By 1947, the Swiss Air Force had the problem that its ageing fleet of WW2-vintage German Messerschmitt Bf-109E and G fighters had to be withdrawn from use within a short period of time, and the license-built K+W D-3801 Morane fighters (WW2-vintage, improved and license-built version of the French Morane-Saulnier MS-406 fighter-type) were also regarded as obsolete und no longer suited for first line interceptor-/fighter-duties. Although substantial numbers of modern DeHavilland Dh-100 Vampire and DeHavilland Dh-112 Venom jet-fighters were on order from the UK and an initial batch of Vampires was in process of being built under license locally, there was an urgent need for a stop-gap solution to equip several Swiss Air Force front-line fighter-units with a capable fighter plane as soon as possible.  

Messerschmitt Me-109E-3's of the Swiss Air Force, ca. 1946.

More on the Swiss Messerschmitts is to be found here

K+W D-3801 Morane J-198 of the Swiss Air Force, ca. 1947.

DeHavilland Dh-100 Mk I    J-1003 over Switzerland during 1947. Four aircraft were acquired 1946/1947 for test and type certification prior to the Swiss license fabrication.

Another early Swiss Dh-100, this time J-1002.

The knowledge that the US Army Air Force in Europe was offering surplus aircraft and equipment at favorable conditions resulted in a Swiss delegation visiting the US Army Air Force depots at Oberpfaffenhofen and Nürnberg-Fürth airfields in Southern Germany to survey the large numbers of fighter aircraft stored there. Endless rows with dozens of P-51 Mustangs and P-47 Thunderbolts plus many medium bombers and liaison aircraft were lined up at these locations, most of the planes in good condition, although some already had parts removed and obviously were used as spare-parts source for aircraft still in service. 

Following the favorable report of this delegation and the well-remembered performance of an interned P-51B Mustang that was tested by the Swiss Air Force during the years 1944/1945, negotiations started to purchase 100 aircraft of the latest version of the North American P-51D Mustang, including tools, spare-parts and replacement engines.

Eventually, in December 1947, a contract was concluded that the Swiss Air Force shall receive 100 aircraft of the D-20 or D-25 version to be delivered as soon as possible, plus additional 30 aircraft for use as spare parts source. The first 26 aircraft were delivered by USAAF pilots early in February 1948, and the last of the 100 ordered planes arrived in August 1948.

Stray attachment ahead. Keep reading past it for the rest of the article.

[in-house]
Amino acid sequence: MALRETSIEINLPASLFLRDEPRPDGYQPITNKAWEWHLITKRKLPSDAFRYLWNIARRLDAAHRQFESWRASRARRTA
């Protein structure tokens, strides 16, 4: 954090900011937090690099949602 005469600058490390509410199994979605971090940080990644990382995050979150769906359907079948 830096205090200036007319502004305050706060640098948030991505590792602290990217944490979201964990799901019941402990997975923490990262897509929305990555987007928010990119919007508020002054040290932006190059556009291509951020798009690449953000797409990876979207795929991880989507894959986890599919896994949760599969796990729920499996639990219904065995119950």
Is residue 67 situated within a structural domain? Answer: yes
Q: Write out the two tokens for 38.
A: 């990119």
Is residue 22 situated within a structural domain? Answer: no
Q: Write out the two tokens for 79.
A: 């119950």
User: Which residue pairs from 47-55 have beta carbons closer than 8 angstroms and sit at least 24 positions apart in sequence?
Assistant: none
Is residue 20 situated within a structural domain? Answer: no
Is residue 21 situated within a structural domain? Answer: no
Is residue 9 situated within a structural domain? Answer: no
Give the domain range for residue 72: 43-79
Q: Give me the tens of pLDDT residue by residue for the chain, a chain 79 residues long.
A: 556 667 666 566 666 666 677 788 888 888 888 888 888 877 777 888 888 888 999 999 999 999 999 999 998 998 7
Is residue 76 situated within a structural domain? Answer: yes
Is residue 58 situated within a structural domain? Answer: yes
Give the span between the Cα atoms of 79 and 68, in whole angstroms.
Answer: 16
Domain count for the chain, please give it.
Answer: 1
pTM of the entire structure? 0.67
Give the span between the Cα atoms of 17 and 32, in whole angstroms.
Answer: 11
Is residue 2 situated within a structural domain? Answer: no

Arrival of P-51D Mustangs at Dübendorf during March 1948.

The Mustangs always were accompanied by a Douglas C-47 transport plane to deliver spare-parts and to ferry the USAAF-pilots back to Germany after hand over.

A USAAF C-47 taxying at Buochs Airfield, Summer 1948.

Due to the Berlin blockade late in June 1948 by the Soviet forces and the ensuing ‘Berlin Airlift’ almost all US-aircraft, as well as maintenance- and flying-personnel were withdrawn to help in this effort of delivering food, coal and other much needed materials to Berlin by air.

The remaining 30 additional "spare-parts" Mustangs therefore had to be collected in Germany by the Swiss Air Force. So in October 1948, the Swiss AF flew with mechanics, technicians and pilots in their valuable Junkers Ju-52 transport planes to Oberpfaffenhofen and started to inspect and overhaul the assigned Mustangs to make them ready for the ferry-flight to Switzerland. 

Swiss mechanics performing an engine-change on a Mustang destined for the Swiss Air Force at Oberpfaffenhofen Airfield, November 1948. The aircraft is P-51D-20-NA 44-72167 which was to become J-2118 (photo: Jakob Urech).

By this time, the number of airframes in good shape (i.e. low-time airframes) was down to a minimum and in order to make the 30 aircraft flyable, many others on the field had to be ‘cannibalized’ for parts. But this operation, which also developed into a small ‘Airlift’ between Dübendorf Airfield and Oberpfaffenhofen, was successful and the first aircraft arrived in Switzerland still in October 1948, the last ones in December 1948. They all were ferry flown by Swiss AF instructor pilots already familiar with the Mustang.

Swiss Air Force instructor pilots of UeG Staffel IV (later FlSt 16) ready for a ferry flight of another batch of P-51D Mustangs from Oberpfaffenhofen to Dübendorf during November 1948. The aircraft is P-51D-20-NA 44-63619 which became J-2107.

P-51D-25-NA 44-72789 (J-2119) during ferry-flight from Oberpfaffenhofen to Dübendorf, photographed from an accompanying Swiss Air Force Ju-52 which had received temporary civil markings HB-HOP. Of note is the fact that the Swiss pilots ferried the Mustangs with lowered landing gear to avoid any trouble with hydraulics.

©  Martin Kyburz / Swiss Mustangs 2003 - 2021